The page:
Back over THE R8 MARK

AT midnight tonight fuel tax jumps by 17,5c or 11,7percent to 167,5c a litre - and the road accident fund levy by 8c or 12,5percent to 72c a litre.

AT midnight tonight fuel tax jumps by 17,5c or 11,7percent to 167,5c a litre - and the road accident fund levy by 8c or 12,5percent to 72c a litre.

Along with higher oil prices, this takes the 93 octane commonly used inland up 49c to R8,40 a litre and 95 octane at the coast up 48c to R8,35c a litre.

High-octane petrol is cheaper at the coast than low octane inland due to an additional 14c "zone differential in Gauteng" tax inland drivers pay.

But the 17,5c a litre fuel tax increase includes a 7,5c a litre contribution to funding Transnet's new multi-product pipeline project between Durban and Gauteng that all motorists will have to pay.

At April's petrol price, the fuel tax accounts for nearly 20percent of the petrol price. The road accident fund's slice is 8,6percent. Other taxes include a 4c a litre customs and excise duty, a 0,15c a litre petroleum products levy and a 3c a litre "incremental inland transport levy".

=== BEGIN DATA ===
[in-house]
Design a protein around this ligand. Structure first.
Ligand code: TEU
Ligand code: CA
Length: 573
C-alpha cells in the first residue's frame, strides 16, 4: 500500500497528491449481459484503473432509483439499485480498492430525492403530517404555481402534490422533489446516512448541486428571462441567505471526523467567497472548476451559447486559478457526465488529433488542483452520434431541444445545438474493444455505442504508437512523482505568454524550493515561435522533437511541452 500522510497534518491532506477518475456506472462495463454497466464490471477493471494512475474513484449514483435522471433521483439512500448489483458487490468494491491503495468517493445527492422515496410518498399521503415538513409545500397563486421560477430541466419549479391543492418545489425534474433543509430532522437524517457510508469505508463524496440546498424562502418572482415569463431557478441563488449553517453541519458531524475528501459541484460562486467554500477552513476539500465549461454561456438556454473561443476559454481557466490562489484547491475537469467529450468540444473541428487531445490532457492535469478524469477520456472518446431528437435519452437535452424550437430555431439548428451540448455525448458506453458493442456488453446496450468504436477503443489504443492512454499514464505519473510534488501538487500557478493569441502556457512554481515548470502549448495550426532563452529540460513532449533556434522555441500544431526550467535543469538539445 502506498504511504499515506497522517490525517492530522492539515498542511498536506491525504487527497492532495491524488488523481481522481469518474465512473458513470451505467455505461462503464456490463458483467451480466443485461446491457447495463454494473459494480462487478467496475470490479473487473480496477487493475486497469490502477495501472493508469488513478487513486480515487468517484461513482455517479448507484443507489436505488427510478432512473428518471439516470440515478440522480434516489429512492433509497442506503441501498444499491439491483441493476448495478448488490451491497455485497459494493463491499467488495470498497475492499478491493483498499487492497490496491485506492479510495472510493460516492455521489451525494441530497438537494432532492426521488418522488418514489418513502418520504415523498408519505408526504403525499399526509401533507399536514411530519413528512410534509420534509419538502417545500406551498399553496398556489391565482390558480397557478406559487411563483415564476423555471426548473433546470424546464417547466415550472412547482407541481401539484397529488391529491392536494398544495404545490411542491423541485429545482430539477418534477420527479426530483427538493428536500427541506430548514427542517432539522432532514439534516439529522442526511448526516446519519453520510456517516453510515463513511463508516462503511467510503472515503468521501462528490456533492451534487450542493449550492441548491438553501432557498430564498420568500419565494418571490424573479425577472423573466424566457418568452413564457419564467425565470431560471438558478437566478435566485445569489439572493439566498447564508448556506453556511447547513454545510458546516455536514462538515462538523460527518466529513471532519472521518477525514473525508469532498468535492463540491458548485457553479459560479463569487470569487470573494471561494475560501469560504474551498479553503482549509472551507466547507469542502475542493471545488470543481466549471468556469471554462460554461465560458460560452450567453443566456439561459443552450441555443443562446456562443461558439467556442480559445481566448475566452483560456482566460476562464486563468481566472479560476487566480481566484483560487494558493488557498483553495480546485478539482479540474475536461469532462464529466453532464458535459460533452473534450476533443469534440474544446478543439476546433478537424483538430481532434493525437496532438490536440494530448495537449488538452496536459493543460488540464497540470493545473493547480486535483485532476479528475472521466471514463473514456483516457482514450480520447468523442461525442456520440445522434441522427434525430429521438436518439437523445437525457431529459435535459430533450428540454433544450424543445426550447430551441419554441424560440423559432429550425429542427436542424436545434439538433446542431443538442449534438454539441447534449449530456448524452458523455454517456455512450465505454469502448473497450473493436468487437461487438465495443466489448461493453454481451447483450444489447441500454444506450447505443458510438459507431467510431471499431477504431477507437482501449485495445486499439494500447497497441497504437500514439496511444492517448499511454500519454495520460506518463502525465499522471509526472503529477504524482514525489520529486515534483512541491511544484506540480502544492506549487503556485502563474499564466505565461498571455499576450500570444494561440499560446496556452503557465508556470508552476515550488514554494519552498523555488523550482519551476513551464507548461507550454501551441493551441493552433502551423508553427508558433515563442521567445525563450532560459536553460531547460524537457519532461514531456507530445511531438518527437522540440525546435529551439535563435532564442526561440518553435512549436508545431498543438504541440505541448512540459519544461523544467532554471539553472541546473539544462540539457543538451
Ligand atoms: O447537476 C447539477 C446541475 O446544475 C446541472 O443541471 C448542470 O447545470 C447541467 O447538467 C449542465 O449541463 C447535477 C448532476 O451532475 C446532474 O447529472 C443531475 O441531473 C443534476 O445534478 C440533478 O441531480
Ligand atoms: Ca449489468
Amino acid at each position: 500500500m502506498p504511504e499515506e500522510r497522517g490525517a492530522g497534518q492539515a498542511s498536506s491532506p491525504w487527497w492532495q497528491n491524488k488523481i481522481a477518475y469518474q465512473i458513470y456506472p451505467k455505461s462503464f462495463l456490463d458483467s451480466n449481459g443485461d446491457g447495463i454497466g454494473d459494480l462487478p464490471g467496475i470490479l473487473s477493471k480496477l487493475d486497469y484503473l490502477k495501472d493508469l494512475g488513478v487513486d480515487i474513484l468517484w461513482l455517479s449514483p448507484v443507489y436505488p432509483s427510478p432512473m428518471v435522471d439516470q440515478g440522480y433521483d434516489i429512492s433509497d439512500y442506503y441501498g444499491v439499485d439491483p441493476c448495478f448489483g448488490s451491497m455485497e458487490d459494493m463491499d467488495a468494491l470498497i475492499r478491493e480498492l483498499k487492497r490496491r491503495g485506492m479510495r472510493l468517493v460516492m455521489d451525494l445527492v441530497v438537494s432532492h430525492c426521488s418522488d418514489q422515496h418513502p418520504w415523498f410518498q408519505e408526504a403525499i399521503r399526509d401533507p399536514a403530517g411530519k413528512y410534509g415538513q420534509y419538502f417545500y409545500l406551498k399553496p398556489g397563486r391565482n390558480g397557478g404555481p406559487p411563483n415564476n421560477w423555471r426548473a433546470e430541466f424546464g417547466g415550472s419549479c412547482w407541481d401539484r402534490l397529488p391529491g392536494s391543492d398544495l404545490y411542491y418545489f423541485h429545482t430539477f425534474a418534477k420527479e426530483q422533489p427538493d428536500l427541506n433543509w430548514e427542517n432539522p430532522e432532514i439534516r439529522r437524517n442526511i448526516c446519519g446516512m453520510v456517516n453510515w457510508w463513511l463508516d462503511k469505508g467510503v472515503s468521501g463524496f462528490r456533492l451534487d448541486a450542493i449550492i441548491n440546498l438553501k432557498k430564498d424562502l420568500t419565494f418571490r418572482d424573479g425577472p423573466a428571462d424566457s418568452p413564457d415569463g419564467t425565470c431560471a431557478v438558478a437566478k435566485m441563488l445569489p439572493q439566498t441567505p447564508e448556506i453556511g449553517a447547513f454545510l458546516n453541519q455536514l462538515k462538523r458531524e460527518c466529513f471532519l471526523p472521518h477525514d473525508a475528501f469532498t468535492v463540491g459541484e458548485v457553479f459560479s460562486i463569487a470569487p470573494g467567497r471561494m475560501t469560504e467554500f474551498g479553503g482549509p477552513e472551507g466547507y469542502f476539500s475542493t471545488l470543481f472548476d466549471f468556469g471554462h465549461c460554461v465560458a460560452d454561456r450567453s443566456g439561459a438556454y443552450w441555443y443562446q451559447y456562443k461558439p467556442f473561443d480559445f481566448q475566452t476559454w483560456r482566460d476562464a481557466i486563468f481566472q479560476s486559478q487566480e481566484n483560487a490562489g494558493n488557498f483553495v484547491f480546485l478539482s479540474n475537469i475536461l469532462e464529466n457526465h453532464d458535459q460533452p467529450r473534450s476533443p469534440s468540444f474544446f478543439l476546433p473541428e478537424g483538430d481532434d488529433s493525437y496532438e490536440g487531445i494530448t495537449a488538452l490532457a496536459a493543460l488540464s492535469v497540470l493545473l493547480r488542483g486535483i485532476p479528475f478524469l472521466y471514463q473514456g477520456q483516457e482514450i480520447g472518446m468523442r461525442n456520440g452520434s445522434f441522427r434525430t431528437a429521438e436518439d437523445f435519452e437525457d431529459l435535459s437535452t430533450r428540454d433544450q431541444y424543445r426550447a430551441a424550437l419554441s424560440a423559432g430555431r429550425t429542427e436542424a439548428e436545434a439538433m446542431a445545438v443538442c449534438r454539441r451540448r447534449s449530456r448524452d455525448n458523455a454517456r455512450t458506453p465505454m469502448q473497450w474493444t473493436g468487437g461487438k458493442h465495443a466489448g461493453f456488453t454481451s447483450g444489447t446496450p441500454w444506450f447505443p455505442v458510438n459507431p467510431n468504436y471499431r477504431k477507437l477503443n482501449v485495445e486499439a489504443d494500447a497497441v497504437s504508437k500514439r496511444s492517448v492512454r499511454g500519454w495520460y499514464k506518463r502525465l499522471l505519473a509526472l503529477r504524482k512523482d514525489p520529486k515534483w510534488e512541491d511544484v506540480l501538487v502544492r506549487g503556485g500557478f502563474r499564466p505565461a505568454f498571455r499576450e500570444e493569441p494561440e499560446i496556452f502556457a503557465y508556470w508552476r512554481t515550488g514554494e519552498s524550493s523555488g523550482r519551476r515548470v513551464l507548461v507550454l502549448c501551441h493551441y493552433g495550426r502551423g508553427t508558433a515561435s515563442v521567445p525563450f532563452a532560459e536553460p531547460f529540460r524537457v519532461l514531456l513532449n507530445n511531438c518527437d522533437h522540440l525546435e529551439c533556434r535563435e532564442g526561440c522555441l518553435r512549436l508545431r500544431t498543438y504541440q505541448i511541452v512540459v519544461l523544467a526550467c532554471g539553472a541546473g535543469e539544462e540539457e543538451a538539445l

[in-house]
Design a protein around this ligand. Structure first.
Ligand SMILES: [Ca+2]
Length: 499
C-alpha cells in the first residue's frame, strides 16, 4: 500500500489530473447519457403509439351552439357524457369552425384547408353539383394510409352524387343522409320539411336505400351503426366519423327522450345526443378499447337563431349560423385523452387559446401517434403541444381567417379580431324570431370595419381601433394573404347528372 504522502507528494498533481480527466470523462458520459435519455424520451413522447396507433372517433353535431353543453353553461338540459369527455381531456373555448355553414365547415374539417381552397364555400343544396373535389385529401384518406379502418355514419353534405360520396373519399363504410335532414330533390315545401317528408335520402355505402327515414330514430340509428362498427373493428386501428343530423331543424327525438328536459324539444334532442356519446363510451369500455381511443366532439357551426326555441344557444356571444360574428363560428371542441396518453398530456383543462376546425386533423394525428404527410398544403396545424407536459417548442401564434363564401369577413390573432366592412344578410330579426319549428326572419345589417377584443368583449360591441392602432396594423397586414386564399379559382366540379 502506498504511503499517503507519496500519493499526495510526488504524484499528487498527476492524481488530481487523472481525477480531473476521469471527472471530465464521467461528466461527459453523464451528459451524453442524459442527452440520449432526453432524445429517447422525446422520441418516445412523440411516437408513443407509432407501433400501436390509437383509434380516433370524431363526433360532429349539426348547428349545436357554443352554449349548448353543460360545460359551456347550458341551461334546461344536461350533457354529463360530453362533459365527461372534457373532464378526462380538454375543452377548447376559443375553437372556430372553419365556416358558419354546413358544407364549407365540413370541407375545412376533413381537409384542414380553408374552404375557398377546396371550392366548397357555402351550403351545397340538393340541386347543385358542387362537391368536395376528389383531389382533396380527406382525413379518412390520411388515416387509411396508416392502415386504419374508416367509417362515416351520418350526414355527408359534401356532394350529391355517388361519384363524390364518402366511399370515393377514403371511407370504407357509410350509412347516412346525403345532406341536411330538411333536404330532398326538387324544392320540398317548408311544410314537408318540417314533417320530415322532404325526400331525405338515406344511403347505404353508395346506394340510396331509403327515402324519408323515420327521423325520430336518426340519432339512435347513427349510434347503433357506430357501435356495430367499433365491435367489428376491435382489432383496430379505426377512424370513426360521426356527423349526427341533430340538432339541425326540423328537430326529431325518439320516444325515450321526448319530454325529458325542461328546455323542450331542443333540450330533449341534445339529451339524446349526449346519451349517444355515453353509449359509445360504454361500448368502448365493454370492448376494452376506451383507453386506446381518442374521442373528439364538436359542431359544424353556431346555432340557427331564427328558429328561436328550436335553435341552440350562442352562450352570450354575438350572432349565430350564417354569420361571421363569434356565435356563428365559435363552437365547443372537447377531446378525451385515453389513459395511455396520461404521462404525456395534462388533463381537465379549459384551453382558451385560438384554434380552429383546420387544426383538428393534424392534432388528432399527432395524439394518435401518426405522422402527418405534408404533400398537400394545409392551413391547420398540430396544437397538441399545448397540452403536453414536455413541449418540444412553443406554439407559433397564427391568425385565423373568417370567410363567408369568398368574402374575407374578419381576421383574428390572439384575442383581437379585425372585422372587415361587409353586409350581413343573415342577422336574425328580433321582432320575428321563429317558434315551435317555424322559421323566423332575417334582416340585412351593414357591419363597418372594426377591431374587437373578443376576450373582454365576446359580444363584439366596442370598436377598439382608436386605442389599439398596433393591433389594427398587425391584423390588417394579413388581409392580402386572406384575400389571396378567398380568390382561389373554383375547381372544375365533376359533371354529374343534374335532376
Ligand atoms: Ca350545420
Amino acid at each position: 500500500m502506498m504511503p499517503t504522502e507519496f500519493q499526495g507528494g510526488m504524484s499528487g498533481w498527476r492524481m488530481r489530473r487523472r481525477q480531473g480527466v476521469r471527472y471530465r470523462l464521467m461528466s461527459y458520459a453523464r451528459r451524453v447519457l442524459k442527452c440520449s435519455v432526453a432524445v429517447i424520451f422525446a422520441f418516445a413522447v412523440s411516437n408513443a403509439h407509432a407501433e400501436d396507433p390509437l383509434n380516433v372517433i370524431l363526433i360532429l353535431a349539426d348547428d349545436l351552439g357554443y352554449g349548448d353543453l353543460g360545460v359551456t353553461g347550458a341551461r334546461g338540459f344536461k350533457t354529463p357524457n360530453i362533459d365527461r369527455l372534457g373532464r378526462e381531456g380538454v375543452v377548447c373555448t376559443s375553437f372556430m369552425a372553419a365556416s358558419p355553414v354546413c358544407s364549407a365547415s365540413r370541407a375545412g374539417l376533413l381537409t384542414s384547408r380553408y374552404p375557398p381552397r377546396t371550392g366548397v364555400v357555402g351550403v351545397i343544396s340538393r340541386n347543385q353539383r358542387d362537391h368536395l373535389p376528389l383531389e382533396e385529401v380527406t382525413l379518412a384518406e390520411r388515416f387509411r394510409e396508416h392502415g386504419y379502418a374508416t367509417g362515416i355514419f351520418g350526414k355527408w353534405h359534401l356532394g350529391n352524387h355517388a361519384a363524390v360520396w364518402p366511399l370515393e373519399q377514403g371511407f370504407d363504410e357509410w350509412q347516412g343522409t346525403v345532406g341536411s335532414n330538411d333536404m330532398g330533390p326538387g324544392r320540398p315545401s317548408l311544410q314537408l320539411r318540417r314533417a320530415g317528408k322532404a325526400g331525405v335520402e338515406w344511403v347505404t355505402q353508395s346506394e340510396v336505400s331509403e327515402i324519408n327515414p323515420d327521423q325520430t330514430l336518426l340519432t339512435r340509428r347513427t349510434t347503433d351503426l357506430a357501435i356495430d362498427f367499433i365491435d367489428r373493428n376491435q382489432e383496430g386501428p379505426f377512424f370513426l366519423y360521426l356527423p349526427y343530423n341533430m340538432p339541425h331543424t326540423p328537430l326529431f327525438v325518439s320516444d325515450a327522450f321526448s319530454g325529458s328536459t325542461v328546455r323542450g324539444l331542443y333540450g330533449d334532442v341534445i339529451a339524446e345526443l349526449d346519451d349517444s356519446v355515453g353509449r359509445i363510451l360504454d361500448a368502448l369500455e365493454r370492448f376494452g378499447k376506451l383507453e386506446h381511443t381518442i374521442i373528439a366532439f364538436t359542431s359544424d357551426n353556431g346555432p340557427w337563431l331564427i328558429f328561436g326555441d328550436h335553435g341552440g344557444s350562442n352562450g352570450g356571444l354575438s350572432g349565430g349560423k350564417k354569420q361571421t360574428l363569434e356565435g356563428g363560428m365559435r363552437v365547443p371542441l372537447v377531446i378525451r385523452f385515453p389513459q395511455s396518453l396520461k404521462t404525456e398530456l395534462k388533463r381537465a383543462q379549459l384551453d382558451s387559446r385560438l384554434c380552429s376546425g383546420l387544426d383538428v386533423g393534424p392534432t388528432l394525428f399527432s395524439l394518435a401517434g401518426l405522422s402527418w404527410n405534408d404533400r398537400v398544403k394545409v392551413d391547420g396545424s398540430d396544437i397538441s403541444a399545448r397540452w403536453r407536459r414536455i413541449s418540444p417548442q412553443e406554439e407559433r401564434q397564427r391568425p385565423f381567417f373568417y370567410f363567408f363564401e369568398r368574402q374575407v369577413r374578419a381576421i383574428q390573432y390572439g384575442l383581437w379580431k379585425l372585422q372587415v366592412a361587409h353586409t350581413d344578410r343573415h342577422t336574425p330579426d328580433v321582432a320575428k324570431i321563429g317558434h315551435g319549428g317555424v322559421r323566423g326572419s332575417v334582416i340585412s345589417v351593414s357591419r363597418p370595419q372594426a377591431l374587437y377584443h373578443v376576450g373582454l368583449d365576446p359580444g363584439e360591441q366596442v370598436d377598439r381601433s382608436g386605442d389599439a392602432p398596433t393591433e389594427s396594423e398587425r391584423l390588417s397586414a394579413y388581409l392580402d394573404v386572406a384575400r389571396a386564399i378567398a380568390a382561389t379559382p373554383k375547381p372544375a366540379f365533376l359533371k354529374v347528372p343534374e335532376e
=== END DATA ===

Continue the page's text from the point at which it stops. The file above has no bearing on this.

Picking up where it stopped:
Gauteng motorists who tank up with the higher 95 octane (which is unnecessary for most cars, which run fine on 93 octane inland) pay an additional 10c a litre demand side management levy.

The petrol price is set once a month by government, taking effect on the first Wednesday. Petrol back over R8 a litre for the first time since 2008's oil spike is probably the start of an upward trend.

Reuters reports that data on Friday showed US employers created jobs in March at the fastest rate in three years. US manufacturing is also expanding at its fastest pace for more than five years, Chinese manufacturing is picking up and Japanese business sentiment is also improving.

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